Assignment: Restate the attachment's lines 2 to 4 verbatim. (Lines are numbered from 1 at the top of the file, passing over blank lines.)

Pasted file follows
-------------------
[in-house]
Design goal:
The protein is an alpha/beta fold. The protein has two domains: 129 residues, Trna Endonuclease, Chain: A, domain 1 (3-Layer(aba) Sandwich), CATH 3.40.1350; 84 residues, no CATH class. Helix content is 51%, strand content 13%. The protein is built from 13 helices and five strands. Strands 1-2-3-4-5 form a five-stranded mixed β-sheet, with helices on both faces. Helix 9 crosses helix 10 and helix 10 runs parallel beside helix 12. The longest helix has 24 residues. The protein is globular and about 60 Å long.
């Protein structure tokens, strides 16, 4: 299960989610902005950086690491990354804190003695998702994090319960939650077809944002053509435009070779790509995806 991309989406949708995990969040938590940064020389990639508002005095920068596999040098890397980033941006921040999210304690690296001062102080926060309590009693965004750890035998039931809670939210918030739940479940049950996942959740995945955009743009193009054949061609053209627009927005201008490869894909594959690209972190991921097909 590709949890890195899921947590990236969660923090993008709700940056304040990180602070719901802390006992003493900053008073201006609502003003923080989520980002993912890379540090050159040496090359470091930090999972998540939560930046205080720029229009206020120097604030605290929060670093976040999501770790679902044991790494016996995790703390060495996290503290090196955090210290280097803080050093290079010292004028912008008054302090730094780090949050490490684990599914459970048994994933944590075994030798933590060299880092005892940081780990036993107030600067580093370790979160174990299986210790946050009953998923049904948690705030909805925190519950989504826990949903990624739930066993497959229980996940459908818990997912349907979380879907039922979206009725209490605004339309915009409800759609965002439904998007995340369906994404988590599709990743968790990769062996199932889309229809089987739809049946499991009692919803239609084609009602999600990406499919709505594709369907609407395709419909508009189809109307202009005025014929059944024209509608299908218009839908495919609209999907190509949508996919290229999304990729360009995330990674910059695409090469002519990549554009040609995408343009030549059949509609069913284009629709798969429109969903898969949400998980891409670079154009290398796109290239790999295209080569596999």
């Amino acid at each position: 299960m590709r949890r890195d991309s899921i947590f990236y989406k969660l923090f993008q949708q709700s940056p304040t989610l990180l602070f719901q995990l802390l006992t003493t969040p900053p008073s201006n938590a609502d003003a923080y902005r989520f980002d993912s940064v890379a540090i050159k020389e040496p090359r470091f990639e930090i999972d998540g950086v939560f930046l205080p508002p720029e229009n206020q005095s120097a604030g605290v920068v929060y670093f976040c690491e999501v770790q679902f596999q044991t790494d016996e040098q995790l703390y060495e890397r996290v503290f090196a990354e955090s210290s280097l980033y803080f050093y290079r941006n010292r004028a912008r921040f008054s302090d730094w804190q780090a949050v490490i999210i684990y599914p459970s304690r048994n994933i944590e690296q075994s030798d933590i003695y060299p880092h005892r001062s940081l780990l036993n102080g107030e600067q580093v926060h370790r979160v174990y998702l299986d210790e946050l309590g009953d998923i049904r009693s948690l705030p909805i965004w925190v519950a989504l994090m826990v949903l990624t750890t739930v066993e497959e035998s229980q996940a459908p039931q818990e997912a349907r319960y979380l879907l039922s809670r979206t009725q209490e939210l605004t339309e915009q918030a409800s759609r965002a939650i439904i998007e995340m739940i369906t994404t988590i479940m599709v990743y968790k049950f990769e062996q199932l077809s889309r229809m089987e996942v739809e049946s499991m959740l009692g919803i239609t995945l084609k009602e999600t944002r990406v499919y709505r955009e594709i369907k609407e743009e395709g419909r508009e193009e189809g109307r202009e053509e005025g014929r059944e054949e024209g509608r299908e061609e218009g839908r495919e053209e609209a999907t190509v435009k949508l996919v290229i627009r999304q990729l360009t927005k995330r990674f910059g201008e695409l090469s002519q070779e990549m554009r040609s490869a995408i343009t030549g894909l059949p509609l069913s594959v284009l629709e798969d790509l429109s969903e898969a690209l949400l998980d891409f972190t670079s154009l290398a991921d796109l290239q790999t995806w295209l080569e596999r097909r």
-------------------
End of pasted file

Design goal:
The protein is an alpha/beta fold. The protein has two domains: 129 residues, Trna Endonuclease, Chain: A, domain 1 (3-Layer(aba) Sandwich), CATH 3.40.1350; 84 residues, no CATH class. Helix content is 51%, strand content 13%. The protein is built from 13 helices and five strands. Strands 1-2-3-4-5 form a five-stranded mixed β-sheet, with helices on both faces. Helix 9 crosses helix 10 and helix 10 runs parallel beside helix 12. The longest helix has 24 residues. The protein is globular and about 60 Å long.
């Protein structure tokens, strides 16, 4: 299960989610902005950086690491990354804190003695998702994090319960939650077809944002053509435009070779790509995806 991309989406949708995990969040938590940064020389990639508002005095920068596999040098890397980033941006921040999210304690690296001062102080926060309590009693965004750890035998039931809670939210918030739940479940049950996942959740995945955009743009193009054949061609053209627009927005201008490869894909594959690209972190991921097909 590709949890890195899921947590990236969660923090993008709700940056304040990180602070719901802390006992003493900053008073201006609502003003923080989520980002993912890379540090050159040496090359470091930090999972998540939560930046205080720029229009206020120097604030605290929060670093976040999501770790679902044991790494016996995790703390060495996290503290090196955090210290280097803080050093290079010292004028912008008054302090730094780090949050490490684990599914459970048994994933944590075994030798933590060299880092005892940081780990036993107030600067580093370790979160174990299986210790946050009953998923049904948690705030909805925190519950989504826990949903990624739930066993497959229980996940459908818990997912349907979380879907039922979206009725209490605004339309915009409800759609965002439904998007995340369906994404988590599709990743968790990769062996199932889309229809089987739809049946499991009692919803239609084609009602999600990406499919709505594709369907609407395709419909508009189809109307202009005025014929059944024209509608299908218009839908495919609209999907190509949508996919290229999304990729360009995330990674910059695409090469002519990549554009040609995408343009030549059949509609069913284009629709798969429109969903898969949400998980891409670079154009290398796109290239790999295209080569596999």